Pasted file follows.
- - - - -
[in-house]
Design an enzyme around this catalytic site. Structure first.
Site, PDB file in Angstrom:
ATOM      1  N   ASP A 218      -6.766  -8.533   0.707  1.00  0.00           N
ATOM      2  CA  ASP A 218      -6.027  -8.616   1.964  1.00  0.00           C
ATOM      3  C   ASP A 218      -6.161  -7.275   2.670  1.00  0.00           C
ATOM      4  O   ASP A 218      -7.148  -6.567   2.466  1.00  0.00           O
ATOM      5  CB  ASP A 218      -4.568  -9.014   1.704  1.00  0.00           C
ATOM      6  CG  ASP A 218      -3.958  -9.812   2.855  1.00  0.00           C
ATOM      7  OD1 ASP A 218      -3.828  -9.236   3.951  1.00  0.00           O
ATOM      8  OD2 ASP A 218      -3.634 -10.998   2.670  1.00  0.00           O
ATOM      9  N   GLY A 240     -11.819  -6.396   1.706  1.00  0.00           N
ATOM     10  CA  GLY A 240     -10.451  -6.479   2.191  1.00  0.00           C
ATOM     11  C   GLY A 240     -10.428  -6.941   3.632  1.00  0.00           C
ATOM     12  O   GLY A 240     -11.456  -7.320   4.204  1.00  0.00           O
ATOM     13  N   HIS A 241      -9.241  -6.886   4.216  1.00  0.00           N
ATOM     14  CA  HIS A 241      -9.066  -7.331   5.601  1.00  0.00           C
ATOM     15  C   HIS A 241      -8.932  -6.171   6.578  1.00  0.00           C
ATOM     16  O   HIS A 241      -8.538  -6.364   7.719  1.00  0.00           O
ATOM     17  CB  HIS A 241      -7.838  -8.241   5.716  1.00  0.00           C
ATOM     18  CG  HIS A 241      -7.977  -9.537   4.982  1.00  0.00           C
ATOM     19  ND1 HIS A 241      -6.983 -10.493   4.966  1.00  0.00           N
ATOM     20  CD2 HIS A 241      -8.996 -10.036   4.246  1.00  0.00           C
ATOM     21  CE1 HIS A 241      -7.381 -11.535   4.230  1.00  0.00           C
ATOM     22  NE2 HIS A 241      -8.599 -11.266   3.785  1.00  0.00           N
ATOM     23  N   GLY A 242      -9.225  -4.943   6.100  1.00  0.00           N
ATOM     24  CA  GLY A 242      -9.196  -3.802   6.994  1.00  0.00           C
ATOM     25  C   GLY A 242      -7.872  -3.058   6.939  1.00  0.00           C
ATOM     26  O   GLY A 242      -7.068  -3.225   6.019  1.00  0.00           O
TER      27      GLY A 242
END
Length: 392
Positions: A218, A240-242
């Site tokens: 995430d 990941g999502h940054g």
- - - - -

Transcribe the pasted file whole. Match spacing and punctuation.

[in-house]
Design an enzyme around this catalytic site. Structure first.
Site, PDB file in Angstrom:
ATOM      1  N   ASP A 218      -6.766  -8.533   0.707  1.00  0.00           N
ATOM      2  CA  ASP A 218      -6.027  -8.616   1.964  1.00  0.00           C
ATOM      3  C   ASP A 218      -6.161  -7.275   2.670  1.00  0.00           C
ATOM      4  O   ASP A 218      -7.148  -6.567   2.466  1.00  0.00           O
ATOM      5  CB  ASP A 218      -4.568  -9.014   1.704  1.00  0.00           C
ATOM      6  CG  ASP A 218      -3.958  -9.812   2.855  1.00  0.00           C
ATOM      7  OD1 ASP A 218      -3.828  -9.236   3.951  1.00  0.00           O
ATOM      8  OD2 ASP A 218      -3.634 -10.998   2.670  1.00  0.00           O
ATOM      9  N   GLY A 240     -11.819  -6.396   1.706  1.00  0.00           N
ATOM     10  CA  GLY A 240     -10.451  -6.479   2.191  1.00  0.00           C
ATOM     11  C   GLY A 240     -10.428  -6.941   3.632  1.00  0.00           C
ATOM     12  O   GLY A 240     -11.456  -7.320   4.204  1.00  0.00           O
ATOM     13  N   HIS A 241      -9.241  -6.886   4.216  1.00  0.00           N
ATOM     14  CA  HIS A 241      -9.066  -7.331   5.601  1.00  0.00           C
ATOM     15  C   HIS A 241      -8.932  -6.171   6.578  1.00  0.00           C
ATOM     16  O   HIS A 241      -8.538  -6.364   7.719  1.00  0.00           O
ATOM     17  CB  HIS A 241      -7.838  -8.241   5.716  1.00  0.00           C
ATOM     18  CG  HIS A 241      -7.977  -9.537   4.982  1.00  0.00           C
ATOM     19  ND1 HIS A 241      -6.983 -10.493   4.966  1.00  0.00           N
ATOM     20  CD2 HIS A 241      -8.996 -10.036   4.246  1.00  0.00           C
ATOM     21  CE1 HIS A 241      -7.381 -11.535   4.230  1.00  0.00           C
ATOM     22  NE2 HIS A 241      -8.599 -11.266   3.785  1.00  0.00           N
ATOM     23  N   GLY A 242      -9.225  -4.943   6.100  1.00  0.00           N
ATOM     24  CA  GLY A 242      -9.196  -3.802   6.994  1.00  0.00           C
ATOM     25  C   GLY A 242      -7.872  -3.058   6.939  1.00  0.00           C
ATOM     26  O   GLY A 242      -7.068  -3.225   6.019  1.00  0.00           O
TER      27      GLY A 242
END
Length: 392
Positions: A218, A240-242
């Site tokens: 995430d 990941g999502h940054g």